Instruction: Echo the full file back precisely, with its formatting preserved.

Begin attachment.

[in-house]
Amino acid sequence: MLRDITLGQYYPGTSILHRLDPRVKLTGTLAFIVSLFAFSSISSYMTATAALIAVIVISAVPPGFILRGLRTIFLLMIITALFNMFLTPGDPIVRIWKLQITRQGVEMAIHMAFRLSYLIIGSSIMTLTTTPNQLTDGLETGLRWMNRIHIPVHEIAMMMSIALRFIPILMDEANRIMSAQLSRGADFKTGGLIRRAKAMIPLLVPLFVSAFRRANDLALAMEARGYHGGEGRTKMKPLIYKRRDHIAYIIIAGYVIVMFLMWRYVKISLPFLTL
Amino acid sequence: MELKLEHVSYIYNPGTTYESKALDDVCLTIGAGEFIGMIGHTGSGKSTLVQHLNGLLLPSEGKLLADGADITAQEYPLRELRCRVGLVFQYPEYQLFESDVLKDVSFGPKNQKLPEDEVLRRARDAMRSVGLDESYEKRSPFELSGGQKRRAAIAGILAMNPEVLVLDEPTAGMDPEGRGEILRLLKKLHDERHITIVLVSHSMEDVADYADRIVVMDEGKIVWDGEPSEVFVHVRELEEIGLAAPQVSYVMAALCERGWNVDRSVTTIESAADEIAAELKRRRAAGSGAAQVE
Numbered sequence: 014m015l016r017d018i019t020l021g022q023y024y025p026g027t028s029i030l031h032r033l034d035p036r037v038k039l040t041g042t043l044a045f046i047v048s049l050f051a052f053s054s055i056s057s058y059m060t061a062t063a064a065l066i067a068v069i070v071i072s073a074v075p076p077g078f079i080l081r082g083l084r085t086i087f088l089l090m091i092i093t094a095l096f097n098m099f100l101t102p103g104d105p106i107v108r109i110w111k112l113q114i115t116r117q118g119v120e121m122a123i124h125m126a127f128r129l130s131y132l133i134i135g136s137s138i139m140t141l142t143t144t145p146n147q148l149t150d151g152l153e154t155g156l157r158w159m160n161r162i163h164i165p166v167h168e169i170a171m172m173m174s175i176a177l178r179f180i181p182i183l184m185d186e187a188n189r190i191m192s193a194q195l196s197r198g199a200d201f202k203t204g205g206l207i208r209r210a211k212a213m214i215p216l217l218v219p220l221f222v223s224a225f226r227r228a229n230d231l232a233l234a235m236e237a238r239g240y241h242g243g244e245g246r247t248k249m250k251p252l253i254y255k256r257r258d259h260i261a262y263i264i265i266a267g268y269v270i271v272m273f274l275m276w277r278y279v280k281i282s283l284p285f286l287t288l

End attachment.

[in-house]
Amino acid sequence: MLRDITLGQYYPGTSILHRLDPRVKLTGTLAFIVSLFAFSSISSYMTATAALIAVIVISAVPPGFILRGLRTIFLLMIITALFNMFLTPGDPIVRIWKLQITRQGVEMAIHMAFRLSYLIIGSSIMTLTTTPNQLTDGLETGLRWMNRIHIPVHEIAMMMSIALRFIPILMDEANRIMSAQLSRGADFKTGGLIRRAKAMIPLLVPLFVSAFRRANDLALAMEARGYHGGEGRTKMKPLIYKRRDHIAYIIIAGYVIVMFLMWRYVKISLPFLTL
Amino acid sequence: MELKLEHVSYIYNPGTTYESKALDDVCLTIGAGEFIGMIGHTGSGKSTLVQHLNGLLLPSEGKLLADGADITAQEYPLRELRCRVGLVFQYPEYQLFESDVLKDVSFGPKNQKLPEDEVLRRARDAMRSVGLDESYEKRSPFELSGGQKRRAAIAGILAMNPEVLVLDEPTAGMDPEGRGEILRLLKKLHDERHITIVLVSHSMEDVADYADRIVVMDEGKIVWDGEPSEVFVHVRELEEIGLAAPQVSYVMAALCERGWNVDRSVTTIESAADEIAAELKRRRAAGSGAAQVE
Numbered sequence: 014m015l016r017d018i019t020l021g022q023y024y025p026g027t028s029i030l031h032r033l034d035p036r037v038k039l040t041g042t043l044a045f046i047v048s049l050f051a052f053s054s055i056s057s058y059m060t061a062t063a064a065l066i067a068v069i070v071i072s073a074v075p076p077g078f079i080l081r082g083l084r085t086i087f088l089l090m091i092i093t094a095l096f097n098m099f100l101t102p103g104d105p106i107v108r109i110w111k112l113q114i115t116r117q118g119v120e121m122a123i124h125m126a127f128r129l130s131y132l133i134i135g136s137s138i139m140t141l142t143t144t145p146n147q148l149t150d151g152l153e154t155g156l157r158w159m160n161r162i163h164i165p166v167h168e169i170a171m172m173m174s175i176a177l178r179f180i181p182i183l184m185d186e187a188n189r190i191m192s193a194q195l196s197r198g199a200d201f202k203t204g205g206l207i208r209r210a211k212a213m214i215p216l217l218v219p220l221f222v223s224a225f226r227r228a229n230d231l232a233l234a235m236e237a238r239g240y241h242g243g244e245g246r247t248k249m250k251p252l253i254y255k256r257r258d259h260i261a262y263i264i265i266a267g268y269v270i271v272m273f274l275m276w277r278y279v280k281i282s283l284p285f286l287t288l